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Wednesday, Feb. 20, 2008 01:39 am

An “A” for effort

Charlie Bartlett takes a fresh look at high-school hell

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Charlie Bartlett Running time 1:37 Rated R ShowPlace West
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Charlie Bartlett Running time 1:37 Rated R ShowPlace West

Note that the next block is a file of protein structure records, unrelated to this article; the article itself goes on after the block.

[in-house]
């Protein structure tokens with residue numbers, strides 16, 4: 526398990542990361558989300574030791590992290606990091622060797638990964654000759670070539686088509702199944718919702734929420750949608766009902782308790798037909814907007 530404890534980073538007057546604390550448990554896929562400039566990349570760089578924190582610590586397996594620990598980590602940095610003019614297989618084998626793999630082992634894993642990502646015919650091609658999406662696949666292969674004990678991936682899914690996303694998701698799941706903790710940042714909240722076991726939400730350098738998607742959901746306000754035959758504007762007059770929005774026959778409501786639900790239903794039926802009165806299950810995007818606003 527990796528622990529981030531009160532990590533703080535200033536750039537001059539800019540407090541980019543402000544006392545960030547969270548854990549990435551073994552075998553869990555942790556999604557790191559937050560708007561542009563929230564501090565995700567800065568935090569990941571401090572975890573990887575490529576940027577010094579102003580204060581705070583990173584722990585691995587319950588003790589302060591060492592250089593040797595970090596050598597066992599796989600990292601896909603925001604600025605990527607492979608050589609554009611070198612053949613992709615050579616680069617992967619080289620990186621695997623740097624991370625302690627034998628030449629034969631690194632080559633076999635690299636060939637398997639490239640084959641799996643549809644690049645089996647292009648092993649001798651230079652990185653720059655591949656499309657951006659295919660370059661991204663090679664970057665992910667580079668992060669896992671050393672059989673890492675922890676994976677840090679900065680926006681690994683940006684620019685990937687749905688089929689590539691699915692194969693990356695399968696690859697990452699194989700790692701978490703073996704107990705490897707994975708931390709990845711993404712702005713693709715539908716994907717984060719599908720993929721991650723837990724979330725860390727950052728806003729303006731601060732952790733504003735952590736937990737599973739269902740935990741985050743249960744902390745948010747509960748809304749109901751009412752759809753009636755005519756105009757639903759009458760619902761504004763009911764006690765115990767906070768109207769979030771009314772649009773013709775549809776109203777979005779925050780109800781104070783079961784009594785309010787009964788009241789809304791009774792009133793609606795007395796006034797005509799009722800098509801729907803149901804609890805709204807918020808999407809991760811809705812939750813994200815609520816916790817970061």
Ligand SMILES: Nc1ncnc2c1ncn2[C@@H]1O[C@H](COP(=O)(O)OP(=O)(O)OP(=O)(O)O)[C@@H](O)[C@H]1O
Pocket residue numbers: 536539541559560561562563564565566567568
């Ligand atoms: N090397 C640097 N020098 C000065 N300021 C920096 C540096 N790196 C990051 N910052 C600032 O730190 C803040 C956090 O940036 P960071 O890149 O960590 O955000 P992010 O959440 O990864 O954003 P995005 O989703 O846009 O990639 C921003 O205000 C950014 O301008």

As a genre, the teen comedy would seem to be played out. Fast Times at Ridgemont High and Ferris Bueller’s Day Off have achieved cult-classic status, and the American Pie movies and Superbad have taken the concept of teenage awkwardness into the 21st century — is there really anything left to say regarding that ring of hell called high school? Then comes Jon Poll’s Charlie Bartlett, a fresh take on an old theme that, though inconsistent, deserves an A for putting a meaningful, contemporary spin on this old subject. The title character, as played by Anton Yelchin, is a teen who’s far more mature in many ways than his peers but still unsure of how to navigate the waters of teen life. Charlie’s had to grow up fast: His father is in prison because of tax shenanigans, and his mother (Hope Davis) is more than willing not to delve too deeply into what’s really bothering her son. Though he’s quick with a comeback, he shows up for his first day of public schooling wearing a blazer from one of his many former prep schools, and before you know it the resident bully, Murphey (Tyler Hilton), has shown him who’s boss. Charlie, a bit confused at being so unpopular, sees a psychiatrist, who applies a catchall solution: Ritalin. Our hero takes the drug for a few days, then decides that he can put his prescription to better use and starts selling it to his peers. He takes things a step further by providing counseling as well, dispensing his wisdom in the boys’ bathroom. Through these efforts Charlie attains popularity. Principal Gardner (Robert Downey Jr.) is less than thrilled — and even less pleased when his daughter (Kat Dennings) falls for the teenage Freud. Constant, dramatic shifts in tone are Charlie Bartlett’s greatest weakness. Initially the film seems intent on lampooning every cliché in the teen-movie genre, but then it slips in a theme of psychotropic drug abuse by both physicians and patients — but does little with it other than point out rather heavy-handedly that this abuse can have tragic results. Poll is straining here to reach the heights of Wes Anderson’s Rushmore, and though he does achieve that film’s irreverent tone at times, it is hardly consistent. The director is adept at rendering all of the stereotypical characters and themes of the genre but not fully able to lampoon or shed new light on them all just yet. What saves the film is Poll’s cast, who, for the most part, give shadings to their characters that Gustin Nash’s script fails to provide. Yelchin, a charmer, has us rooting for Charlie from the get-go. We can’t help but pull for this intelligent kid who finds a way to thrive in a hostile environment, and Yelchin is able to convince us that Charlie is genuine, lacking the air of condescension that caused me to keep Ferris Bueller at arm’s length. Davis is good as the mom who does her best to keep up appearances but is barely holding on, as if one more bad break would send her to pieces. Of course it comes as no surprise that Downey steals every scene he’s in. A drinker with more than a touch of paranoia, poor Gardner knows that he’s out of touch with his students and daughter but is at a loss as to how to remedy this. The actor’s manic sense of desperation is the film’s highlight. Charlie Bartlett is Poll’s first full-length feature and, as such, displays certain shortcomings. However, there are enough strong ideas here, rendered in a competent and at times inspired manner, that this filmmaker bears watching. My guess is that he’ll become more confident as he grows as an artist, much like his protagonist here.  
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